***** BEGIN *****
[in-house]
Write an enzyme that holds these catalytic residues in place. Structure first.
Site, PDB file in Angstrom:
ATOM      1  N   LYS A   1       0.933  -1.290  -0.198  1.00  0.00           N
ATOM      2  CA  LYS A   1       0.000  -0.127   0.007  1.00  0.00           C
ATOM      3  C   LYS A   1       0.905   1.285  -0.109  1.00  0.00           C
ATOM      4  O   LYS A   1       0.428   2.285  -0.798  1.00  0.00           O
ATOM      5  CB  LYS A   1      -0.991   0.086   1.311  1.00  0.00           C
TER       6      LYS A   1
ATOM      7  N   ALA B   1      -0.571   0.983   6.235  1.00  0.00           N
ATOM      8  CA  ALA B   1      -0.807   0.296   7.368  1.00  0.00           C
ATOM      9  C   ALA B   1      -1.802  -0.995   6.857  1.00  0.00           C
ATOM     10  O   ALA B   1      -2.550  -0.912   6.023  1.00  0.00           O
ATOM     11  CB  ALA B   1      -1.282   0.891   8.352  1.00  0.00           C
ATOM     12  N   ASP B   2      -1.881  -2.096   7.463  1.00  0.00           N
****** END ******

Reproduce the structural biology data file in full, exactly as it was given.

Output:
[in-house]
Write an enzyme that holds these catalytic residues in place. Structure first.
Site, PDB file in Angstrom:
ATOM      1  N   LYS A   1       0.933  -1.290  -0.198  1.00  0.00           N
ATOM      2  CA  LYS A   1       0.000  -0.127   0.007  1.00  0.00           C
ATOM      3  C   LYS A   1       0.905   1.285  -0.109  1.00  0.00           C
ATOM      4  O   LYS A   1       0.428   2.285  -0.798  1.00  0.00           O
ATOM      5  CB  LYS A   1      -0.991   0.086   1.311  1.00  0.00           C
TER       6      LYS A   1
ATOM      7  N   ALA B   1      -0.571   0.983   6.235  1.00  0.00           N
ATOM      8  CA  ALA B   1      -0.807   0.296   7.368  1.00  0.00           C
ATOM      9  C   ALA B   1      -1.802  -0.995   6.857  1.00  0.00           C
ATOM     10  O   ALA B   1      -2.550  -0.912   6.023  1.00  0.00           O
ATOM     11  CB  ALA B   1      -1.282   0.891   8.352  1.00  0.00           C
ATOM     12  N   ASP B   2      -1.881  -2.096   7.463  1.00  0.00           N